JERANEK v. CORNWELL

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Court of Appeals of Ohio,First District, Hamilton County.

JERANEK et al., Appellants, v. CORNWELL, Appellee.

No. C-010099.

Decided: December 7, 2001

McFadden & Associates Co., L.P.A., and David A. Freeburg, Cleveland, for appellants. Graydon, Head & Ritchey, L.L.P., and Harry J. Finke IV, Cincinnati, for appellee.

{¶ 1} In their single assignment of error, plaintiffs-appellants Gregory M. and Paula J. Jeranek contest the trial court's entry of summary judgment in favor of defendant-appellee Mary B. Cornwell as it pertains to their claims to quiet title to Cornwell's alleged driveway easement over their registered-land lot.   The Jeraneks contend that Cornwell's easement, granted before the Jeraneks purchased their property, but not appearing on their certificate of title to the registered land, is not enforceable.   Because only easements in existence at the time of the  original registration of title are enforceable if not memorialized on the register of titles, pursuant to R.C. 5309.28(A), the trial court's judgment must be reversed.

{¶ 2} On April 8, 1983, Williamsburg Properties, Inc. granted Cornwell an easement over the adjoining Williamsburg property “for access, transmission and enjoyment.”   The easement was “received for record” by the Hamilton County Recorder's Office on July 14, 1983.   For reasons not demonstrated in the record, the easement was not documented on the register of title.   Both the Williamsburg and Cornwell properties were registered land, having been originally registered on November 6, 1975.

{¶ 3} On August 29, 1983, Edward L. Ball III and Judith Ball purchased the Williamsburg property.   On July 1, 1994, eleven years after Cornwell had received the driveway easement, the Jeraneks purchased the property from the Balls.   Neither certificate of title granted to the Balls or to the Jeraneks contained any reference to a driveway easement held by Cornwell.   Sometime after July 1, 1994, the recorder added a reference to the 1983 driveway easement to the Jeraneks' register of title without their knowledge or consent.   Ultimately, the Jeraneks commenced this lawsuit seeking to quiet title to their lot, and they further included claims for trespass and for slander of title.

{¶ 4} On November 13, 2000, Cornwell moved to dismiss the Jeraneks' complaint pursuant to Civ.R. 12(B)(6), or, in the alternative, for summary judgment.   Cornwell attached to her motion a certified copy of the 1983 driveway easement.   The Jeraneks filed a memorandum in opposition with evidentiary material attached.   The trial court notified the parties that it was converting Cornwell's motion to a motion for summary judgment.   On January 10, 2001, the court, in a written memorandum, entered judgment for Cornwell.   The Jeraneks' appeal ensued.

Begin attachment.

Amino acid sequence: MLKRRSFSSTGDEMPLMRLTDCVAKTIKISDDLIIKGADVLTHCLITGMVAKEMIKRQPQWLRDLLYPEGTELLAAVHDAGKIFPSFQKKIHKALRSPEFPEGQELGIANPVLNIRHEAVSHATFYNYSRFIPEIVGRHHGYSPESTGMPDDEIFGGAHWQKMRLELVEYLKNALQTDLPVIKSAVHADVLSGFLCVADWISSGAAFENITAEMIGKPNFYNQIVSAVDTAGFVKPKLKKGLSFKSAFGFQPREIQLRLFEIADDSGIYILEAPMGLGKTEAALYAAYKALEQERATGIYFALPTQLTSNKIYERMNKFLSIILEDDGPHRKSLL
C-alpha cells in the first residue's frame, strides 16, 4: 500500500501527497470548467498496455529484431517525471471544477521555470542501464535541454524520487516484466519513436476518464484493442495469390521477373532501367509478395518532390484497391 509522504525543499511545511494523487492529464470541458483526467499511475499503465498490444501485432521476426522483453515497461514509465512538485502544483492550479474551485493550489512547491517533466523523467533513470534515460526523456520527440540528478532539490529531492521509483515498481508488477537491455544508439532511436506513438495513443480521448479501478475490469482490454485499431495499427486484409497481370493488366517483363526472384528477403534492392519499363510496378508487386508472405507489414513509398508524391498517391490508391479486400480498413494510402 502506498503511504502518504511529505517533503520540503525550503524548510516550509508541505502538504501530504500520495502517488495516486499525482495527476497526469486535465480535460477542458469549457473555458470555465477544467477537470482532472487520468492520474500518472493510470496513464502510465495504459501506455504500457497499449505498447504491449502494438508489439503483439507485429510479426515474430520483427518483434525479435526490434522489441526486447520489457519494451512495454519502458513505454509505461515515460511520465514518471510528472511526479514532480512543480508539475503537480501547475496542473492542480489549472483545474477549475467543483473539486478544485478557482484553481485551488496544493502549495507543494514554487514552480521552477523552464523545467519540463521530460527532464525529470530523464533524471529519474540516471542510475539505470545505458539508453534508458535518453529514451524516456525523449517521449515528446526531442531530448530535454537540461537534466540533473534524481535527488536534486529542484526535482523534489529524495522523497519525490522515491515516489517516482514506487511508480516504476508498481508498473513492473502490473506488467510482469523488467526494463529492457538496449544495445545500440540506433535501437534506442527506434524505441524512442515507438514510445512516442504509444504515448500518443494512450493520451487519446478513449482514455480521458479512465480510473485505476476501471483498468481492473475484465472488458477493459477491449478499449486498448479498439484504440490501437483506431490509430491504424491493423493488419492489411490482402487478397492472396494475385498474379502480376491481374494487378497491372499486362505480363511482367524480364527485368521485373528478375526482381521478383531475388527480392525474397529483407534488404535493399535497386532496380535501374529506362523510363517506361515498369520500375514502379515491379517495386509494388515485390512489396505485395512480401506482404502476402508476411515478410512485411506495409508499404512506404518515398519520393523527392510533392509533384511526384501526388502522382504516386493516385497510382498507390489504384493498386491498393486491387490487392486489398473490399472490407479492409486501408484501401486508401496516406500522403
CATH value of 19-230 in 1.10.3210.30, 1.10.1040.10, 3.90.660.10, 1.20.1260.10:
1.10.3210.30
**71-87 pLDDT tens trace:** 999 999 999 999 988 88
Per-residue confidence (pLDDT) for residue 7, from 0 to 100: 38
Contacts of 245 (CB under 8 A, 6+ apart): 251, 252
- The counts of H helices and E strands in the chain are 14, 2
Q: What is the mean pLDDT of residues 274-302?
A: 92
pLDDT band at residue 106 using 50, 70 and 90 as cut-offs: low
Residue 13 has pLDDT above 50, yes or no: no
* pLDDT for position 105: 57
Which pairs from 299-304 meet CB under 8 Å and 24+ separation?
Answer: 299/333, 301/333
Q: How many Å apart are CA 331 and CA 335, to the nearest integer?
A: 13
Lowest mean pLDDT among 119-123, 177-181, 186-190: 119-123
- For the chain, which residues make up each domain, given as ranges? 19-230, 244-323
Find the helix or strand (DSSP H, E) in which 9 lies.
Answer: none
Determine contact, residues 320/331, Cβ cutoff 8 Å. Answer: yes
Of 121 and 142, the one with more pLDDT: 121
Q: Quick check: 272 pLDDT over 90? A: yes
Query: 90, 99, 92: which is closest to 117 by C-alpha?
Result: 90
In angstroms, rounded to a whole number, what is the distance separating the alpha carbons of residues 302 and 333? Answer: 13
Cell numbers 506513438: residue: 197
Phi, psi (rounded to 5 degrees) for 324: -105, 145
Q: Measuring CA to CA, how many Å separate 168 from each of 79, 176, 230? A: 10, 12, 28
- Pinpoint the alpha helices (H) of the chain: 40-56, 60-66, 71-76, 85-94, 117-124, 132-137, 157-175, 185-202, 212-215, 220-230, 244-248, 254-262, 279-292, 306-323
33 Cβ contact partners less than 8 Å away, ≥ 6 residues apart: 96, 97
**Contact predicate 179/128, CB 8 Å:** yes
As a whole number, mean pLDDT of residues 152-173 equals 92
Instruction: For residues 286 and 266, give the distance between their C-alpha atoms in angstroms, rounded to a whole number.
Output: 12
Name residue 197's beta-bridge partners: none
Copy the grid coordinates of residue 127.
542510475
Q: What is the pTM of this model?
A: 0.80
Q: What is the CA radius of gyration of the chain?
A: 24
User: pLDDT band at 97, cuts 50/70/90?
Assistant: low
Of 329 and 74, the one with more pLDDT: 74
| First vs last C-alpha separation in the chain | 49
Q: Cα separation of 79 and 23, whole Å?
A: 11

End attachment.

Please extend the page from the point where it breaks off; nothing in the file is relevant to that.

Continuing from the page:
{¶ 5} The function of summary judgment is to determine from the evidentiary materials if triable factual issues exist.   Because summary judgment presents only questions of law, an appellate court independently reviews the entry of summary judgment de novo.   See Polen v. Baker (2001), 92 Ohio St.3d 563, 564-565, 752 N.E.2d 258, 260.

{¶ 6} A motion for summary judgment shall be granted if the court, upon viewing the inferences to be drawn from the underlying facts set forth in the pleadings, depositions, answers to interrogatories, written admissions, and affidavits in a light most favorable to the party opposing the motion, determines (1) that no genuine issue of material fact remains to be litigated, (2) that the moving party is entitled to judgment as a matter of law, and (3) that the evidence demonstrates that reasonable minds can come to but one conclusion, and that conclusion is adverse to the party opposing the motion.   See Civ.R. 56(C);  see, also, Dresher v. Burt (1996), 75 Ohio St.3d 280, 662 N.E.2d 264.

  {¶ 7} The substantive law governing this appeal is found in R.C. Chapters 5309 and 5310, which establish Ohio's registered-land system.   Registration of land titles differs from the general recording system.   The title to registered land is conclusively ascertainable by the certificate of registration that shows ownership and encumbrances, issued and recorded by the county recorder.   See R.C. 5309.06.   A transferee of registered land cannot be charged with notice, actual or constructive, of any unregistered claim or interest.   See R.C. 5309.34.   Furthermore, any unregistered claim or interest cannot prevail against a validly registered title.   See id.   As we noted in Kincaid v. Yount (1983), 9 Ohio App.3d 145, 147, 9 OBR 211, 213, 459 N.E.2d 235, 238, citing Curry v. Lybarger (1937), 133 Ohio St. 55, 58-59, 10 O.O. 61, 63-64, 11 N.E.2d 873, 875: